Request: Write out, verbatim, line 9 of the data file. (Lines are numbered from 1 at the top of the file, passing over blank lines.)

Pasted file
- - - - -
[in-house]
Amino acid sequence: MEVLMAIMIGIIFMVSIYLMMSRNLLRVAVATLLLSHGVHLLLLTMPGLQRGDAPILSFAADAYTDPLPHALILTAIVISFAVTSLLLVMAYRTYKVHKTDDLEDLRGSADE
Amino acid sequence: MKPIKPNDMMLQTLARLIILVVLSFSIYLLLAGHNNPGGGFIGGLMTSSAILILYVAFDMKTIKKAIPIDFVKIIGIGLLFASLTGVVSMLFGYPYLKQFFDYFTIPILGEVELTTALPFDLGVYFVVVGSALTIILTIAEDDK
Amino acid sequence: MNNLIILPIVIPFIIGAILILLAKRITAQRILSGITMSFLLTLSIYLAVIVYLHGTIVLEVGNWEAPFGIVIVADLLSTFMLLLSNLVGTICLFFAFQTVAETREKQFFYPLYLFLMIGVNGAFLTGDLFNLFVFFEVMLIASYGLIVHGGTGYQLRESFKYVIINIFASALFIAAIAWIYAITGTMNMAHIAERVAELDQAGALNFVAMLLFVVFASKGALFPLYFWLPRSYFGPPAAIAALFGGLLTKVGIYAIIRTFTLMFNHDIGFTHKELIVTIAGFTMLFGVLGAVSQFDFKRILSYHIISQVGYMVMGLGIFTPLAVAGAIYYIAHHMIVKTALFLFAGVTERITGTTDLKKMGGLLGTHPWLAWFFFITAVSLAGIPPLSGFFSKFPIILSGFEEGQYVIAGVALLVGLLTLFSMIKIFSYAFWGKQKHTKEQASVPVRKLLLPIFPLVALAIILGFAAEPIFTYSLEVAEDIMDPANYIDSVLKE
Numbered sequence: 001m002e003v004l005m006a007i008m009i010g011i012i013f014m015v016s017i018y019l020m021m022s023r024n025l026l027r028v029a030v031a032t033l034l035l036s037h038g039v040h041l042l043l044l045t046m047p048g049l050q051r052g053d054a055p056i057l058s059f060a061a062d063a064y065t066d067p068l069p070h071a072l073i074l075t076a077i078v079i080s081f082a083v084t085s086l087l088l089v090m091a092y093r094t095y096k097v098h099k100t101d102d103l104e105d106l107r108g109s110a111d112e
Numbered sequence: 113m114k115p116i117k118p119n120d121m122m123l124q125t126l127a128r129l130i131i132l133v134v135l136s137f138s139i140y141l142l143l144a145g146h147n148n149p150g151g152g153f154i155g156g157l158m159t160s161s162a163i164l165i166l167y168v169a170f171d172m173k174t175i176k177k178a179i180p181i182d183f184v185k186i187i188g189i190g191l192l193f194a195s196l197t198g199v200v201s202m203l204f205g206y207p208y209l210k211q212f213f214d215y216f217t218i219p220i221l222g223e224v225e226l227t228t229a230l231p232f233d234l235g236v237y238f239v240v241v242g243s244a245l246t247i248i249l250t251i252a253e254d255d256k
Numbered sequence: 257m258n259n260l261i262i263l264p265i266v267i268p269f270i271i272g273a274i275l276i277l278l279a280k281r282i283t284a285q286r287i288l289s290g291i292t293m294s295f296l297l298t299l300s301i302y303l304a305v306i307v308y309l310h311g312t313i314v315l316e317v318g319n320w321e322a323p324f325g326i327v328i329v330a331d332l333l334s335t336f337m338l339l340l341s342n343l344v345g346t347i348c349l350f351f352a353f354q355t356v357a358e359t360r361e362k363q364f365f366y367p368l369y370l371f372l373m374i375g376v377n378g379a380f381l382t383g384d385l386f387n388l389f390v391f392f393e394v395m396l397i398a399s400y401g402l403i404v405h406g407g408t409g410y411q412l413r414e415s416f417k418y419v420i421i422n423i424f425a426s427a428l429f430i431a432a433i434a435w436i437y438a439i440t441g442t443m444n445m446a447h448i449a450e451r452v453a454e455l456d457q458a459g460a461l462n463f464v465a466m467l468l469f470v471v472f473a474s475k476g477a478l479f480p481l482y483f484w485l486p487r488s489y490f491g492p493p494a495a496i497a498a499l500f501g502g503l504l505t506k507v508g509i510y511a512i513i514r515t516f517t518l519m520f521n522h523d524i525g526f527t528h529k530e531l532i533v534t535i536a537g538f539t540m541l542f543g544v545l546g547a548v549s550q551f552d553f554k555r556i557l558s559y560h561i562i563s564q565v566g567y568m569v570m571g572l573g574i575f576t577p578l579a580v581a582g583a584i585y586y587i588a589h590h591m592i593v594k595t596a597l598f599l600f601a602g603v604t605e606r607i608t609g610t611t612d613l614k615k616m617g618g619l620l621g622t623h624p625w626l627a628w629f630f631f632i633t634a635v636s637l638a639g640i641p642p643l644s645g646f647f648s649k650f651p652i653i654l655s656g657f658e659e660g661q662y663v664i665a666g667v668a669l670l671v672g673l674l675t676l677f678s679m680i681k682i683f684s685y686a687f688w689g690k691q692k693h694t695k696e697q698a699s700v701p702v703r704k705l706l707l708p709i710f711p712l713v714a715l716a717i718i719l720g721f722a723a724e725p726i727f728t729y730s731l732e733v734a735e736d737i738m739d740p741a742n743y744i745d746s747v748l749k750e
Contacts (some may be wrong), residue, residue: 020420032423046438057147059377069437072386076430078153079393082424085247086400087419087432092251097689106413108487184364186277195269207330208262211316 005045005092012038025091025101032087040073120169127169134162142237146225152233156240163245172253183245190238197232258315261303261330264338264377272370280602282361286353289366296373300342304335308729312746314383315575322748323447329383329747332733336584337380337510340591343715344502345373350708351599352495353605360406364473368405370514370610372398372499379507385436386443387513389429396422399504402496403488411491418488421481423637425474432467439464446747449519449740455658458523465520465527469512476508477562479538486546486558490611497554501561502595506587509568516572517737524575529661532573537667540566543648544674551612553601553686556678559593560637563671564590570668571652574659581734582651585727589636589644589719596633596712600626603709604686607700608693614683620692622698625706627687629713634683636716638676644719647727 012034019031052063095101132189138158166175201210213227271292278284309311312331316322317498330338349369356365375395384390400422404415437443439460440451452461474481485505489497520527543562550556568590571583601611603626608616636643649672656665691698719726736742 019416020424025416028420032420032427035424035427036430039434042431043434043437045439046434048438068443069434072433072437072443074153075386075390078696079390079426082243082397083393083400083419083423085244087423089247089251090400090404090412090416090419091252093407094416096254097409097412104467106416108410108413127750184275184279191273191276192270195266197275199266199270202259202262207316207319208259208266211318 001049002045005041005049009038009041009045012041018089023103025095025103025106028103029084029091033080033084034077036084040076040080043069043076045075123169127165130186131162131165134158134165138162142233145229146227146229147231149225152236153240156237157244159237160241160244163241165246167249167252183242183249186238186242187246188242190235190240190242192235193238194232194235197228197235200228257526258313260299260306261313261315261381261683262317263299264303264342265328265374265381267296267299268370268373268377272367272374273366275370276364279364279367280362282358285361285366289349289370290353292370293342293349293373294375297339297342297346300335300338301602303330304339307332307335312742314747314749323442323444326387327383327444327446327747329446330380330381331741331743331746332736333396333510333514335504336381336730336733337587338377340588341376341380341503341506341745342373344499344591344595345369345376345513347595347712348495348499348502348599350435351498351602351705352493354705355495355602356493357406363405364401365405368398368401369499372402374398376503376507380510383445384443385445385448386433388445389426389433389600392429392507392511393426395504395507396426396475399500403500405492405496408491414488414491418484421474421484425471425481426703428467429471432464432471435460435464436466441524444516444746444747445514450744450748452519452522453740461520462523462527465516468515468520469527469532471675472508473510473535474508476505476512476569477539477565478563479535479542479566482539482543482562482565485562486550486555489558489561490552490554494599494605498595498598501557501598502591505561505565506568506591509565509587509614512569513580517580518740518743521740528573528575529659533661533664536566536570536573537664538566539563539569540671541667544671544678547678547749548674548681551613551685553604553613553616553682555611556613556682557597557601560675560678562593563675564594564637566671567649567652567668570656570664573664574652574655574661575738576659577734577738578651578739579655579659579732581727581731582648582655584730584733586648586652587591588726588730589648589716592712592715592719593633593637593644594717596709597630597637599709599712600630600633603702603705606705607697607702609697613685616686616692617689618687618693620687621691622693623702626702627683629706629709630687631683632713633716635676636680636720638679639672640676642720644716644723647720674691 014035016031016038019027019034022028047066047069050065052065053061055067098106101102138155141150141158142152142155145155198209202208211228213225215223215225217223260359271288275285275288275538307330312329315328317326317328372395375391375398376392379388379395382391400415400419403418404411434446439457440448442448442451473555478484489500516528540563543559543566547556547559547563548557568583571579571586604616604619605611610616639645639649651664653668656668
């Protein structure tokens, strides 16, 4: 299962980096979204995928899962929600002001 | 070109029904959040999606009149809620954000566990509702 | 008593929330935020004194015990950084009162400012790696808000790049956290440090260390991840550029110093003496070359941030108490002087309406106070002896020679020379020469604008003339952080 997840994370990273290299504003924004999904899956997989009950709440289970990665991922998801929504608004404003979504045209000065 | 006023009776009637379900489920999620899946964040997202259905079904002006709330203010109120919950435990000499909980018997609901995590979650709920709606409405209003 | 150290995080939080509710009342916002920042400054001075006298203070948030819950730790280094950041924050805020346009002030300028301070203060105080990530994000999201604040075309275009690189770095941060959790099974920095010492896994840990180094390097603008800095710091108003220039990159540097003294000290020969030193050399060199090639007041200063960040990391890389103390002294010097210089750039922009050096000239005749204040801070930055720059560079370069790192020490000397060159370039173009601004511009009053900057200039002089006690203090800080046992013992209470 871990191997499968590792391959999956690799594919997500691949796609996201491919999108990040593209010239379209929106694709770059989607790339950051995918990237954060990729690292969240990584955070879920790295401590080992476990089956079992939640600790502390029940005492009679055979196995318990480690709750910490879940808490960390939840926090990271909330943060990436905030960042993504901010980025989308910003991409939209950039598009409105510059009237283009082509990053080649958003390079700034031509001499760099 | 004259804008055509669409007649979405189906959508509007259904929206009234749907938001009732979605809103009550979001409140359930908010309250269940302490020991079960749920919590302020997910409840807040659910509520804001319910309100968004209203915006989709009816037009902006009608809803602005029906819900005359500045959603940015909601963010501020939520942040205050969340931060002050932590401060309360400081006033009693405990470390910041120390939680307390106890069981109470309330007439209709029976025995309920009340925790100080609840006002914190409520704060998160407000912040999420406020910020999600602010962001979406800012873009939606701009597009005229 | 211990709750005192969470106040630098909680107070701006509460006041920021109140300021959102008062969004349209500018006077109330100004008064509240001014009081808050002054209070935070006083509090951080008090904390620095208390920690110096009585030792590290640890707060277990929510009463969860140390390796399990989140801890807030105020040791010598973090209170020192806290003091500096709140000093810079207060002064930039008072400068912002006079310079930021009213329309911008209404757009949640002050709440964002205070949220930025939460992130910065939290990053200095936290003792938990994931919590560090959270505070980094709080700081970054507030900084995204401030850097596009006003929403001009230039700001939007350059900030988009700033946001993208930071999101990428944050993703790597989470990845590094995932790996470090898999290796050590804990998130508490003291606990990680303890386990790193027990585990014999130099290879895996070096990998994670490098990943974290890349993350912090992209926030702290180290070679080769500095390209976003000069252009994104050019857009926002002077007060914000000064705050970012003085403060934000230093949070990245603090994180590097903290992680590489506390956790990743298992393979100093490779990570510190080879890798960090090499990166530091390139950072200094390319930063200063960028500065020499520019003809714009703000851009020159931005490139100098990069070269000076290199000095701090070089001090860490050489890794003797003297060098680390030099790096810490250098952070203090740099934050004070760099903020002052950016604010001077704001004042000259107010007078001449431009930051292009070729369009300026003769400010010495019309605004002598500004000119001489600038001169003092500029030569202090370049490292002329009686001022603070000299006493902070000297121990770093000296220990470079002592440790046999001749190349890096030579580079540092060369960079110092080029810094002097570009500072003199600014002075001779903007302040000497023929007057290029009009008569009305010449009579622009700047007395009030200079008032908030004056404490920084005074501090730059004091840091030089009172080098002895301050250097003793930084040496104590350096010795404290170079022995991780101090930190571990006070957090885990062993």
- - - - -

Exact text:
């Protein structure tokens, strides 16, 4: 299962980096979204995928899962929600002001 | 070109029904959040999606009149809620954000566990509702 | 008593929330935020004194015990950084009162400012790696808000790049956290440090260390991840550029110093003496070359941030108490002087309406106070002896020679020379020469604008003339952080 997840994370990273290299504003924004999904899956997989009950709440289970990665991922998801929504608004404003979504045209000065 | 006023009776009637379900489920999620899946964040997202259905079904002006709330203010109120919950435990000499909980018997609901995590979650709920709606409405209003 | 150290995080939080509710009342916002920042400054001075006298203070948030819950730790280094950041924050805020346009002030300028301070203060105080990530994000999201604040075309275009690189770095941060959790099974920095010492896994840990180094390097603008800095710091108003220039990159540097003294000290020969030193050399060199090639007041200063960040990391890389103390002294010097210089750039922009050096000239005749204040801070930055720059560079370069790192020490000397060159370039173009601004511009009053900057200039002089006690203090800080046992013992209470 871990191997499968590792391959999956690799594919997500691949796609996201491919999108990040593209010239379209929106694709770059989607790339950051995918990237954060990729690292969240990584955070879920790295401590080992476990089956079992939640600790502390029940005492009679055979196995318990480690709750910490879940808490960390939840926090990271909330943060990436905030960042993504901010980025989308910003991409939209950039598009409105510059009237283009082509990053080649958003390079700034031509001499760099 | 004259804008055509669409007649979405189906959508509007259904929206009234749907938001009732979605809103009550979001409140359930908010309250269940302490020991079960749920919590302020997910409840807040659910509520804001319910309100968004209203915006989709009816037009902006009608809803602005029906819900005359500045959603940015909601963010501020939520942040205050969340931060002050932590401060309360400081006033009693405990470390910041120390939680307390106890069981109470309330007439209709029976025995309920009340925790100080609840006002914190409520704060998160407000912040999420406020910020999600602010962001979406800012873009939606701009597009005229 | 211990709750005192969470106040630098909680107070701006509460006041920021109140300021959102008062969004349209500018006077109330100004008064509240001014009081808050002054209070935070006083509090951080008090904390620095208390920690110096009585030792590290640890707060277990929510009463969860140390390796399990989140801890807030105020040791010598973090209170020192806290003091500096709140000093810079207060002064930039008072400068912002006079310079930021009213329309911008209404757009949640002050709440964002205070949220930025939460992130910065939290990053200095936290003792938990994931919590560090959270505070980094709080700081970054507030900084995204401030850097596009006003929403001009230039700001939007350059900030988009700033946001993208930071999101990428944050993703790597989470990845590094995932790996470090898999290796050590804990998130508490003291606990990680303890386990790193027990585990014999130099290879895996070096990998994670490098990943974290890349993350912090992209926030702290180290070679080769500095390209976003000069252009994104050019857009926002002077007060914000000064705050970012003085403060934000230093949070990245603090994180590097903290992680590489506390956790990743298992393979100093490779990570510190080879890798960090090499990166530091390139950072200094390319930063200063960028500065020499520019003809714009703000851009020159931005490139100098990069070269000076290199000095701090070089001090860490050489890794003797003297060098680390030099790096810490250098952070203090740099934050004070760099903020002052950016604010001077704001004042000259107010007078001449431009930051292009070729369009300026003769400010010495019309605004002598500004000119001489600038001169003092500029030569202090370049490292002329009686001022603070000299006493902070000297121990770093000296220990470079002592440790046999001749190349890096030579580079540092060369960079110092080029810094002097570009500072003199600014002075001779903007302040000497023929007057290029009009008569009305010449009579622009700047007395009030200079008032908030004056404490920084005074501090730059004091840091030089009172080098002895301050250097003793930084040496104590350096010795404290170079022995991780101090930190571990006070957090885990062993």